Blue Fin was built in 1948 by the Lane Motor Boat Company. Originally 38’ she was lengthened by 4’. In her early days she game fished extensively out of the Bays of Islands (Tudor Collins b/w photo below)
RAMAROA WW was recently contacted by Andrew Butcher who owns the 42’ 6” launch Ramaroa. Andrew and partner Celeste purchased Tamaroa 18 months ago from a gent by the name of Glen Elis, who had brought Tamaroa up from Napier to Sandspit. Post purchased the Butcher’s relocated her to Herald Island, West Auckland.
Andrew believes she was possibly built by Fred Millar and built from double diagonal macrocarpa in 1970. I suspect a lot of marine ply was used in her cabin top / cockpit. A rather distinctive design, so hopefully someone will remember the boat. Her forward motion comes via a Ford D300 diesel engine.
Like all new owners they would love to uncover / confirm details about her past – can we help?
CLASSIC BOAT 2021 AWARDS
This morning at 3am NZ time, the 1895 Chas Bailey designed and C&W Bailey built 58′ gaff cutter – IDA, was voted runner-up in the ‘Restored Sailing Vessel Over 40’ category in the Classic Boat magazine 2021 awards – the winner was Cynara. Full details in the latest edition of Classic Boat.
Sad Woody Day Across The Ditch Received a note from one of our Australian WW followers – Andrew Christie given me the heads up on the recent demise of – Nering, the 42’8” Percy Tripcony (Breakfast Creek Brisbane Australia) carvel hull cruiser built in 1950 – that went ashore on Double Island Point south of Fraser Island.
She was a very similar boat to the South Passage also from the same builder. https://www.youtube.com/watch?v=N2aFp8lLK24 She was of note in that she had a passage connecting the forecastle cabin to the trunk cabin under the bridge deck on the starboard side a layout used in a few Moreton Bay bridge deck cruisers of her period.
Nering had fallen on hard times recently and had sold twice in the past few years at rock bottom unloved wooden boat prices. Reports are she was on her way from Coffs Harbour in New South Wales to Maryborough for a restoration. Double Island Point is a stopping point for boats heading north across the Wide Bay bar.
Social media chat reports that Nering was beached as she was taking on water and sinking. Her crew managed to safely get ashore and call the alarm. Always sad to see a woody come to an endlike this, but you have to question the decision to take her to sea, given her condition and again on-line chat says her bilge pump/s were worked overtime before she left the dock.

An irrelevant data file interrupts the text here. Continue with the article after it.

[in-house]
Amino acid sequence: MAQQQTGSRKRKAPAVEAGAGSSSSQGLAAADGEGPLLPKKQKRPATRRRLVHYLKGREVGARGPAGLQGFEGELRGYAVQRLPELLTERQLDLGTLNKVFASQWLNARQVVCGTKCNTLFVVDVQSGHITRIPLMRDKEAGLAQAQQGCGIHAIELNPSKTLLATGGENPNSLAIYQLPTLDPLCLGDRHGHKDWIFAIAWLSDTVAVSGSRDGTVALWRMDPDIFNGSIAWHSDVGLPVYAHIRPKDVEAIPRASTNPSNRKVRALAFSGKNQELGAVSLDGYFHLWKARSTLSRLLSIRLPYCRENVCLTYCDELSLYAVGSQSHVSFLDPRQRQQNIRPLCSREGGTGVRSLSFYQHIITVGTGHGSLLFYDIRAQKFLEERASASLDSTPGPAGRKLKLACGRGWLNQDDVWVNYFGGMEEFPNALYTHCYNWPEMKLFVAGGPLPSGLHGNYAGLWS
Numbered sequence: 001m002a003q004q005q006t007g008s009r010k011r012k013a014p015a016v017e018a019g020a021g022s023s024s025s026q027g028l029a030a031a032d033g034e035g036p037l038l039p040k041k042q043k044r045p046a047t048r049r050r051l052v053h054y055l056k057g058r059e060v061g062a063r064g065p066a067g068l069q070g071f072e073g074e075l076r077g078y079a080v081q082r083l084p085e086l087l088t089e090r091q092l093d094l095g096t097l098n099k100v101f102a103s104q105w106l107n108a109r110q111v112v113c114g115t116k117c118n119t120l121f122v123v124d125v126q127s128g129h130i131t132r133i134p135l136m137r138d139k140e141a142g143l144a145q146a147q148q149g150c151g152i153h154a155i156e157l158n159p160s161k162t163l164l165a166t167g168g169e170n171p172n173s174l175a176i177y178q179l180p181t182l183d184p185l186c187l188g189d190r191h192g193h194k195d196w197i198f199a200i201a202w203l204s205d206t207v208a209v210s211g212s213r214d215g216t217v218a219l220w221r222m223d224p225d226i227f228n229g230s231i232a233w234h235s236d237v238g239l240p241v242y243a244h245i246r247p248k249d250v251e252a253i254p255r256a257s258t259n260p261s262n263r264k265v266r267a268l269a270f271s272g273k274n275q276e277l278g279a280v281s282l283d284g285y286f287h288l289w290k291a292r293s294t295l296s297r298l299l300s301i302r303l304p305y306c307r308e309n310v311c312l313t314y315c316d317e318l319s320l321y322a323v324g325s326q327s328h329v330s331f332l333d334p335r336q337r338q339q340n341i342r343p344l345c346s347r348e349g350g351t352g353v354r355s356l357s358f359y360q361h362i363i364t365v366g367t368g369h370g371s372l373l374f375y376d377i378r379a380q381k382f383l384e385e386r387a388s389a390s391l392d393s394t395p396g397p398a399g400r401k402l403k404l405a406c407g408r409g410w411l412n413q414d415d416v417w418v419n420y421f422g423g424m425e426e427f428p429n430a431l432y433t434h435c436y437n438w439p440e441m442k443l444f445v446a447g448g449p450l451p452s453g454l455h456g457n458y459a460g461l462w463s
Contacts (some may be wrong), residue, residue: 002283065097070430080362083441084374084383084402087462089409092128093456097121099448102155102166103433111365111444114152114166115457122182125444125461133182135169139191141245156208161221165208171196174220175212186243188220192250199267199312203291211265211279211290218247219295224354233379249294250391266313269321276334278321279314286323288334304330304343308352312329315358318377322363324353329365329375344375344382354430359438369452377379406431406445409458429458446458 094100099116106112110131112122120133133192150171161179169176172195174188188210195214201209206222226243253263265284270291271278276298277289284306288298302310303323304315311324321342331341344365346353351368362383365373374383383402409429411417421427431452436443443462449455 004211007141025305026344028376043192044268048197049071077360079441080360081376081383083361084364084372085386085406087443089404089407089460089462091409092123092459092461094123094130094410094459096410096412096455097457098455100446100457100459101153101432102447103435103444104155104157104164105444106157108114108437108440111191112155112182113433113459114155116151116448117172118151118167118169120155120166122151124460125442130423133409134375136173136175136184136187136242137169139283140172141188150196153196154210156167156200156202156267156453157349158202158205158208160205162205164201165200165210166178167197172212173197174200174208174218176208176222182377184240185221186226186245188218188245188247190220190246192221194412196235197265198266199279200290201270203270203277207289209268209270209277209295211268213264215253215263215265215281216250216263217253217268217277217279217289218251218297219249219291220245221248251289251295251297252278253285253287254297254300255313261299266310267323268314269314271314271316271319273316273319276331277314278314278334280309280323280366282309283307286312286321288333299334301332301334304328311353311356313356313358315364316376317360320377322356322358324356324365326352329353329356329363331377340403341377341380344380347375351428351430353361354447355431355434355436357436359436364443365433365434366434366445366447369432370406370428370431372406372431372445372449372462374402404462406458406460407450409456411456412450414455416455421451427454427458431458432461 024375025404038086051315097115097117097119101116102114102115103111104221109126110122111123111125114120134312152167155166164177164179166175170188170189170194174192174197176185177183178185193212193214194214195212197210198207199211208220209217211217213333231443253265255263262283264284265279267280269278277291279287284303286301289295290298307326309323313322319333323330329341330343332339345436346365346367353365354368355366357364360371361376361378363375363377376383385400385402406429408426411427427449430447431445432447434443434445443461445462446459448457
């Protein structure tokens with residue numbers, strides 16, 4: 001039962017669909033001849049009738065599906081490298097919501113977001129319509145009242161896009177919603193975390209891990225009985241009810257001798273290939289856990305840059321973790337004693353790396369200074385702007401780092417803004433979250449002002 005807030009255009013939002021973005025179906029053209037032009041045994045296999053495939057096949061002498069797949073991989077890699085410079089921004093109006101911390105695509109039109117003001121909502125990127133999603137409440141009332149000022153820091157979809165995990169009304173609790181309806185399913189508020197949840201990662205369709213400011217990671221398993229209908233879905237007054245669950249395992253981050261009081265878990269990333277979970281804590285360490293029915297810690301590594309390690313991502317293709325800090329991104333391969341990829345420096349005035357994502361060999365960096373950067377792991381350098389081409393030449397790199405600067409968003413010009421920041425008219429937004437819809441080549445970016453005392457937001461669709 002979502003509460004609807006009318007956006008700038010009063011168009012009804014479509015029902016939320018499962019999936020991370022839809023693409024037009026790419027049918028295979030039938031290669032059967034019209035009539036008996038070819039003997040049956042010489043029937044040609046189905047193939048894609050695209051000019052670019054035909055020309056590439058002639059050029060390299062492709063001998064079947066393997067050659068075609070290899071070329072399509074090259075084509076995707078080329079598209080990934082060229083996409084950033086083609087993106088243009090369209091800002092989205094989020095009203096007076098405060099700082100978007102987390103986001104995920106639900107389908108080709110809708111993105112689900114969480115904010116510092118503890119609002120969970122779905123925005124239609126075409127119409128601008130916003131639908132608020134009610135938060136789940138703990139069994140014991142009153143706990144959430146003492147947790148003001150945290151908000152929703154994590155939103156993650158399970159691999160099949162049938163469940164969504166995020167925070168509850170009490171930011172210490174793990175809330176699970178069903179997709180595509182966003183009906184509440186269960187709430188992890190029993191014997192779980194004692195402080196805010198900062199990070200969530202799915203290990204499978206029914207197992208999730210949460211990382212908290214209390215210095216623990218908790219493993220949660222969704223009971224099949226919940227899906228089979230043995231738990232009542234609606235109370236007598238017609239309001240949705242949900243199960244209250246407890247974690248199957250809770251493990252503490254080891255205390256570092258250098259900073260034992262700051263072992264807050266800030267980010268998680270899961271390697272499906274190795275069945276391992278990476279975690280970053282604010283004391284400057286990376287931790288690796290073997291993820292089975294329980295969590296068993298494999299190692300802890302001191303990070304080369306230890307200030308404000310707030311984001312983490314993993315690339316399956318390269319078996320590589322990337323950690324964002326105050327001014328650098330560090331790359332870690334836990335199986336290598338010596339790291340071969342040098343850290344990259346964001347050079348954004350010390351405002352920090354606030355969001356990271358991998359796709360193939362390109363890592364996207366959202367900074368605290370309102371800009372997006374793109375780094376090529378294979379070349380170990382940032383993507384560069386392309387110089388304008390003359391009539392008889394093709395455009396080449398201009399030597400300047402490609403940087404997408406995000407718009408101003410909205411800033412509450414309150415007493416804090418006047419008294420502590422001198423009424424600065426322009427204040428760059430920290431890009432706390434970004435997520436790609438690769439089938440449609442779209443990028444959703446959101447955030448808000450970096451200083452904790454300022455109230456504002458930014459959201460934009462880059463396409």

The 40’ Aoroa was built in 1928 by Miller & Tunnage and is kauri carvel planked. She has a beam of 9’11” and draws 3’5”. These days she is powered by a 100 hp Ford diesel, which I would suspect works hard to push a boat of Aoroa size along. But I’m sure I’ll be told its all about gearbox / prop configuration.
Thankfully her tme listing included some old b/w photos (below) from when launched and of the alterations over the years – from these we can see the bones of a very smart woody, that hopefully one day someone will do a top-chop on 🙂
Can we expand more on her past?
Harold Kidd Input – Original owner was J.T. Paul; original engine a 100hp S4 6 cylinder Gray.. Did a trip to Akaroa in 1931. Owned by W.R. Carey of Lyttelton in 1953. VERY handsome vessel.
20-03-2021 Input from David Lackey – Wren Carey, the proprietor of the Kaiapoi Woollen Mills (then a substantial South Island manufacturer) was a friend and business associate of my father, Keith Lackey and, in the 1950s we would we occasionally call in to see him at his property in (I seem to remember) Blackwood Bay, Queen Charlotte Sound. The property was both immense and immaculate, boasting magnificent gardens and even a citrus orchard (which, for those familiar with QC sound, was a rarity if not a miracle. At one end of the beach was a large boatshed in which Mr Carey kept the immaculate Aoroa. Assisted by his caretaker, Mr Carey would launch the ship and take off for a day cruise in the sound, putting her away again in the evening just as nonchalantly as if she were a runabout or dinghy. She was like a piece of chippendale furniture, with glowing topsides and gleaming brightwork. I believe she still had the 6 cylinder Gray Engine which was a point of mutual interest because our Marinus was powered by twin 144hp Graymarine Luggers. Wren Carey was the father of CR (Roger) Carey, the noted Picton builder of many fine commercial and private vessels.